Calcium Monohydride

Calcium Monohydride

Calcium monohydride (CaH) is a molecule made up of calcium and hydrogen. It can be found in stars as a gas formed when calcium atoms combine with hydrogen atoms. It is the first molecular gas to be cooled by a cold buffer gas and then trapped by a magnetic field. This broadens the study of trapped cold atoms like rubidium to molecules.


It is a saltlike compound that is white and crystalline when pure but is usually obtained in gray to gray-brown lumps and is primarily used as a reducing agent in the preparation of powdered metals, as a portable source of hydrogen, and as a drying agent.

  • Chemical formula: CaH
  • Molar mass: 41.085899 g/mol
  • Appearance: glowing red gas
  • Solubility in water: reacts violently


CaH reacts with Lithium as a cold gas releasing 0.9eV of energy and forming LiH molecules and calcium atoms.


By exposing metallic calcium to an electric discharge in a hydrogen atmosphere above 750 °C, calcium monohydride can be formed. Below this temperature, hydrogen is absorbed and converted to calcium hydride.

Laser ablation of calcium dihydride in a helium atmosphere can produce calcium monohydride. At temperatures around 1200 K, gaseous calcium reacts with formaldehyde to produce CaH as well as some CaOH and CaO. This reaction emits an orange-red glow.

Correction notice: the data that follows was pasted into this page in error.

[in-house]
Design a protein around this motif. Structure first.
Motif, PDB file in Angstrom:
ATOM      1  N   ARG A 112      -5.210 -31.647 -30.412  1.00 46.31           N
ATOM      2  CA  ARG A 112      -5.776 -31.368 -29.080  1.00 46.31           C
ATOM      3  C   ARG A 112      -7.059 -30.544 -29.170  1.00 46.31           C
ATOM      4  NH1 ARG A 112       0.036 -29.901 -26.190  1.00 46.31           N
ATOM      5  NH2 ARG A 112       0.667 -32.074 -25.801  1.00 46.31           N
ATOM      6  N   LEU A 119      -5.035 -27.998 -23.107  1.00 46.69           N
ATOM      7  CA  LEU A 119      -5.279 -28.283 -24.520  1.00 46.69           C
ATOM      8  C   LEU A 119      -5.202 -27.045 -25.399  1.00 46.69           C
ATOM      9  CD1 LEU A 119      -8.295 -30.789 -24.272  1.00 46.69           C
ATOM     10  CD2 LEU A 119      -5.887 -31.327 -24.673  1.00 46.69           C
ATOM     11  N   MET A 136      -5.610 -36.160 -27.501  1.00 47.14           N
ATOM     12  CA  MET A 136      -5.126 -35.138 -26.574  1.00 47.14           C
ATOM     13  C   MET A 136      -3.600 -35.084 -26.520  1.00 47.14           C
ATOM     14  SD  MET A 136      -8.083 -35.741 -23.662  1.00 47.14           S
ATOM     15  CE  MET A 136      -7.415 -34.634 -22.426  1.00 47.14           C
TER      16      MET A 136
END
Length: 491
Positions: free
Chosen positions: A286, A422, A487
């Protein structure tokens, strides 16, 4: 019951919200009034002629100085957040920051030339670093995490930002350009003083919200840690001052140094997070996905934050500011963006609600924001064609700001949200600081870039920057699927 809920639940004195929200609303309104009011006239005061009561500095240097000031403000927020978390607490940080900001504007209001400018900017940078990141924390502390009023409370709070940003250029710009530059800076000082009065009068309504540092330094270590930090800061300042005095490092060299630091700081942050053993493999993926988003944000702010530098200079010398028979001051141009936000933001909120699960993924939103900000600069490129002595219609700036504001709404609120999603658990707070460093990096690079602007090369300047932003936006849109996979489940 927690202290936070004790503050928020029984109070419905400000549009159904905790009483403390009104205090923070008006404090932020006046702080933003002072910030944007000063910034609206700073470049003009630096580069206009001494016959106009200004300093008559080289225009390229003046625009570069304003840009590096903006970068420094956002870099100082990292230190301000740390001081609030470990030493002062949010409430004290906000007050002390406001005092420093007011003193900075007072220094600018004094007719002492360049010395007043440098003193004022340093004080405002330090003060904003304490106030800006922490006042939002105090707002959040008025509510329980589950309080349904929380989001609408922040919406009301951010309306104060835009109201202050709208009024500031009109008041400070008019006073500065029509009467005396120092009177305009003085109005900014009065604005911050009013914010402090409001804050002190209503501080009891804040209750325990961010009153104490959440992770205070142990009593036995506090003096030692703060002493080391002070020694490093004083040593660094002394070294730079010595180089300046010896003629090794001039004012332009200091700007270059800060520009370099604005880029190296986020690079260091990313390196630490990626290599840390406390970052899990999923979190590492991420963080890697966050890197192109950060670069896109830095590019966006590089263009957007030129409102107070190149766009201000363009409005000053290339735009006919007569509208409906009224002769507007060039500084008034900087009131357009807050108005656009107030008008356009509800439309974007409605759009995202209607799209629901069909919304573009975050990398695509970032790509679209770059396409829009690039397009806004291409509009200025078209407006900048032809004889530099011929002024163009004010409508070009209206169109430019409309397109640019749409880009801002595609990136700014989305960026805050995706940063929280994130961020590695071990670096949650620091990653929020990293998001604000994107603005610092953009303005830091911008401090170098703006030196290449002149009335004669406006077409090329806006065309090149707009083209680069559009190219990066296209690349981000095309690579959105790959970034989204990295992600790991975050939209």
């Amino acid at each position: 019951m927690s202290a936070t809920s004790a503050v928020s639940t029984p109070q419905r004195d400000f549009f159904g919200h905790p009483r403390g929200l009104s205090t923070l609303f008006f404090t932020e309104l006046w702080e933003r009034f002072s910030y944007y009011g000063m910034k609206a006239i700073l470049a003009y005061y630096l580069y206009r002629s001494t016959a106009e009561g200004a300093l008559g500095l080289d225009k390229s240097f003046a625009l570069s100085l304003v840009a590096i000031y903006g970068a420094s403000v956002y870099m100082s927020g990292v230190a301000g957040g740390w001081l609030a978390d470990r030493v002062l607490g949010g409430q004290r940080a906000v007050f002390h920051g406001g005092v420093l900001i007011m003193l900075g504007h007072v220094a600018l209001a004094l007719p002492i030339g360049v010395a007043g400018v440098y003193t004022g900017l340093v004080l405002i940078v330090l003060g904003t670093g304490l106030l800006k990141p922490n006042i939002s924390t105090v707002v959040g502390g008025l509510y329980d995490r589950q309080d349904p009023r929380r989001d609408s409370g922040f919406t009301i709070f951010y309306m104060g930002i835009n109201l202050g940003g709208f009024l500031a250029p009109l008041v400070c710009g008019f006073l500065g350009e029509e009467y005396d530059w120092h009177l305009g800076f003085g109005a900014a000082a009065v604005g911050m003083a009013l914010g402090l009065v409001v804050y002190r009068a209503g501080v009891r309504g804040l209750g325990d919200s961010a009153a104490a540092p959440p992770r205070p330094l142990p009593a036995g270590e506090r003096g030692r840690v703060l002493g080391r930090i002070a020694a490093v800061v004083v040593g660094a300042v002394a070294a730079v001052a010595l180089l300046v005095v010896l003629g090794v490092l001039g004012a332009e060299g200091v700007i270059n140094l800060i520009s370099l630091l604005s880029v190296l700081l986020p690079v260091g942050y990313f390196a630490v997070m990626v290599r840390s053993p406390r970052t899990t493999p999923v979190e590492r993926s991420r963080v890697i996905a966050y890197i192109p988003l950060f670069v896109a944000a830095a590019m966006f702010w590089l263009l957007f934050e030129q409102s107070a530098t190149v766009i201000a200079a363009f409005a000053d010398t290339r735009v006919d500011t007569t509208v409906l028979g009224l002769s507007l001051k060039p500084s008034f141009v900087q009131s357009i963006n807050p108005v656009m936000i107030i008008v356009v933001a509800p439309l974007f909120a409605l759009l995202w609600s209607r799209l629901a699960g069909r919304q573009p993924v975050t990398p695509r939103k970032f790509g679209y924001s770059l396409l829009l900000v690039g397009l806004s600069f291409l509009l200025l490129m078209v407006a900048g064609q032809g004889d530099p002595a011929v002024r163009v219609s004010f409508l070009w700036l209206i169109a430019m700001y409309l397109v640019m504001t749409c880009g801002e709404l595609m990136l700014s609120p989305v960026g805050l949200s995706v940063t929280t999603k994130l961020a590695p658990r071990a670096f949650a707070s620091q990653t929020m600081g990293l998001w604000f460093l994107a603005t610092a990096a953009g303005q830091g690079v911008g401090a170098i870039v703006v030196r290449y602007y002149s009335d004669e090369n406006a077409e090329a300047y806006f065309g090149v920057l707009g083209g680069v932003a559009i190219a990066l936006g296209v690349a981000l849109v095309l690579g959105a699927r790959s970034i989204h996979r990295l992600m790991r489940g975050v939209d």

Alfred Fowler discovered calcium monohydride when he observed its spectrum in Alpha Herculis and o Ceti in 1907. C. M. Olmsted observed it in sunspots the following year. It was then created in a laboratory by A. Eagle in 1909, and with early research by Hulthèn, Watson, and Weber in 1935. Y. hman observed it in M dwarfs in 1934. hman proposed that it be used as a proxy for stellar luminosity, similar to magnesium monohydride (MgH), because it is more visible in the spectra of compact, cool, high surface gravity stars like M dwarfs than cool, low surface gravity stars like M giants with non-negligible, or even comparable, metallicity.